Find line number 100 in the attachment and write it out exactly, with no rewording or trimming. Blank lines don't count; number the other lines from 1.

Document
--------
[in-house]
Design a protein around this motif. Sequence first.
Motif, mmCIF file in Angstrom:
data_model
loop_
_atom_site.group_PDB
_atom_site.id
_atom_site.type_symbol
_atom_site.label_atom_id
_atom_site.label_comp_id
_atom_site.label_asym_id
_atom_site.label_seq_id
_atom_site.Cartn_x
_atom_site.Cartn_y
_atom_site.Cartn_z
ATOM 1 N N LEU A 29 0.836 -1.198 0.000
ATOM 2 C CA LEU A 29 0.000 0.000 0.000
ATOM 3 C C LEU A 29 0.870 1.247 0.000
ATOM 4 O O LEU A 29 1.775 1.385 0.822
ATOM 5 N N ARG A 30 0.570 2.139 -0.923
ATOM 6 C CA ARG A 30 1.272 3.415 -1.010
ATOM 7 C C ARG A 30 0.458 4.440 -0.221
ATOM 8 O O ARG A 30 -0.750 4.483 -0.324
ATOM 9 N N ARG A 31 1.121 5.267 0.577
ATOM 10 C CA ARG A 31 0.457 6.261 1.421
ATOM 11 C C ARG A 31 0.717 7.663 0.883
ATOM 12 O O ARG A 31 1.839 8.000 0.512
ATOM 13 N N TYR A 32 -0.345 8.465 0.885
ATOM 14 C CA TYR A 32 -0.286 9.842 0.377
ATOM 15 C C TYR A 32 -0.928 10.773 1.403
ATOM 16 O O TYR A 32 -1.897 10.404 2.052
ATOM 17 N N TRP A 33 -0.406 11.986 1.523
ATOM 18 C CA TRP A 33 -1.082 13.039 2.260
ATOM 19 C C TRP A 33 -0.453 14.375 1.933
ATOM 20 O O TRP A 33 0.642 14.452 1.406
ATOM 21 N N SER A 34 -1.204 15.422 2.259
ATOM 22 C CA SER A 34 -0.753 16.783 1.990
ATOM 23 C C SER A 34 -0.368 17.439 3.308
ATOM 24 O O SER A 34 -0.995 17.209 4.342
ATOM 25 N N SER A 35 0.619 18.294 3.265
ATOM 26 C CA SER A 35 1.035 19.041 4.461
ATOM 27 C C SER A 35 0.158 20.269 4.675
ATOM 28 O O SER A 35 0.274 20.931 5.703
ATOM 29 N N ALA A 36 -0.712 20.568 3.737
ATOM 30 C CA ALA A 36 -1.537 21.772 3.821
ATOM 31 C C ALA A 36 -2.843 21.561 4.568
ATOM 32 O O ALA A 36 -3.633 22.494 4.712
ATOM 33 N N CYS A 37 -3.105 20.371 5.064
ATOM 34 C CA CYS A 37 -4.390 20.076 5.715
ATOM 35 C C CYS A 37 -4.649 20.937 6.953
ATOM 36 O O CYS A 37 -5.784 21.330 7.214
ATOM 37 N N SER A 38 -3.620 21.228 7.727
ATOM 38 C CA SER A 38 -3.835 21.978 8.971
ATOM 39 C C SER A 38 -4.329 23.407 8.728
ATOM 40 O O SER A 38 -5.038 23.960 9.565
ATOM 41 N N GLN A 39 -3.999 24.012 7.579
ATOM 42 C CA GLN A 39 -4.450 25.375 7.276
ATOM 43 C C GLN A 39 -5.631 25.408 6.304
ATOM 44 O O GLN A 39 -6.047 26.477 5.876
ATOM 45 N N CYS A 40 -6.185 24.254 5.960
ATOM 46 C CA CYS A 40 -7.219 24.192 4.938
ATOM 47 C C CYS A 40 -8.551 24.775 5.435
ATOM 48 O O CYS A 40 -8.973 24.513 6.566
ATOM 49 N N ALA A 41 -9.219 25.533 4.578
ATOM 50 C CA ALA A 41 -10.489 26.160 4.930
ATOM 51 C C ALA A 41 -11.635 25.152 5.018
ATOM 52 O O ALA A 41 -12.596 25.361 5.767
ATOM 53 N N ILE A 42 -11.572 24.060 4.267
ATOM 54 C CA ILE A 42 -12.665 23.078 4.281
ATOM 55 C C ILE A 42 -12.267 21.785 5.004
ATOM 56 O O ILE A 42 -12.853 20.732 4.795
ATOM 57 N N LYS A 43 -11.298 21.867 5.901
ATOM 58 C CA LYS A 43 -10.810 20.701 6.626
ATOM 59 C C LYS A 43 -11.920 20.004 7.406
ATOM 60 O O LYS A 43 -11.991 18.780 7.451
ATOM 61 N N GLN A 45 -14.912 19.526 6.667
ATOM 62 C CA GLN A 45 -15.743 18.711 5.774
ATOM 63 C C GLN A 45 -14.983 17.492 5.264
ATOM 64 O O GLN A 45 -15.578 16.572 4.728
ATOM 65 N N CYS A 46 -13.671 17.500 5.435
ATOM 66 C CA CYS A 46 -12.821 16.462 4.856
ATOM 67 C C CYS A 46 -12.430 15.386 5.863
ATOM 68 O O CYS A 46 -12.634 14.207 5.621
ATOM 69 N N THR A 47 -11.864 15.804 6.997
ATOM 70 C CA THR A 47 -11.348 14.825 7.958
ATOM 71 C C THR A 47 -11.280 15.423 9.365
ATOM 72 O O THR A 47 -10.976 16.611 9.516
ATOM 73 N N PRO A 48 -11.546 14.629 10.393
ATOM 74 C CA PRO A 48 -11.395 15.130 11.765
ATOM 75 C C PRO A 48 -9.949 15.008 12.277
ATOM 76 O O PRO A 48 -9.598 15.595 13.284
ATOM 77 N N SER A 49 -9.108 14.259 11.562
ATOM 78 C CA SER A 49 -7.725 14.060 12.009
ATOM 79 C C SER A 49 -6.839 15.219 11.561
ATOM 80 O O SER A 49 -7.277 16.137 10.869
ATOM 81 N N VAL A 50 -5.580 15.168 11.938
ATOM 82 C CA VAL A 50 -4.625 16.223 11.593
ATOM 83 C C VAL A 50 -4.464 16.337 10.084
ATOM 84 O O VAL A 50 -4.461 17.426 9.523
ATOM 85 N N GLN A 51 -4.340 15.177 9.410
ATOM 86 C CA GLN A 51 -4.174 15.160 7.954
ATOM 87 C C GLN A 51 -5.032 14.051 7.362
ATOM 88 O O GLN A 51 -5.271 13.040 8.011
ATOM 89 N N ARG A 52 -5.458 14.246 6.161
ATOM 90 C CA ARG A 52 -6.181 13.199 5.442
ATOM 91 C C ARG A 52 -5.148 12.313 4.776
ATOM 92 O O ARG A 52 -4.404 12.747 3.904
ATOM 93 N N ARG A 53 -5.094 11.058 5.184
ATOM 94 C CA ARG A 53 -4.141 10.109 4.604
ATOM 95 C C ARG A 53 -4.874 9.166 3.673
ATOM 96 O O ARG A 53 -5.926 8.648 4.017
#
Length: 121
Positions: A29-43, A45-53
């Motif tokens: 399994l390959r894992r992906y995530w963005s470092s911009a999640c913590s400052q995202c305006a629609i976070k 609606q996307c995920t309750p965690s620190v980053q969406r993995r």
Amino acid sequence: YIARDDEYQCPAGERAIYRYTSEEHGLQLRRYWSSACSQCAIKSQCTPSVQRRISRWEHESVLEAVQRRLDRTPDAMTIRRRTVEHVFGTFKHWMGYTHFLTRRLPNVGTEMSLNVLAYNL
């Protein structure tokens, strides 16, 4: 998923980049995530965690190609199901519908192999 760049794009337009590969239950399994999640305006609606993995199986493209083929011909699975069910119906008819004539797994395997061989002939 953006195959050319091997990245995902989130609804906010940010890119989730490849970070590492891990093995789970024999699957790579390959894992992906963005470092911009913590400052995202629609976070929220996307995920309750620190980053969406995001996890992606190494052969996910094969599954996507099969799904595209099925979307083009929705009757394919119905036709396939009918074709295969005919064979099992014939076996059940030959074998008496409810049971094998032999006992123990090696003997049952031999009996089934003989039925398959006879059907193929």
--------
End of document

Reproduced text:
ATOM 85 N N GLN A 51 -4.340 15.177 9.410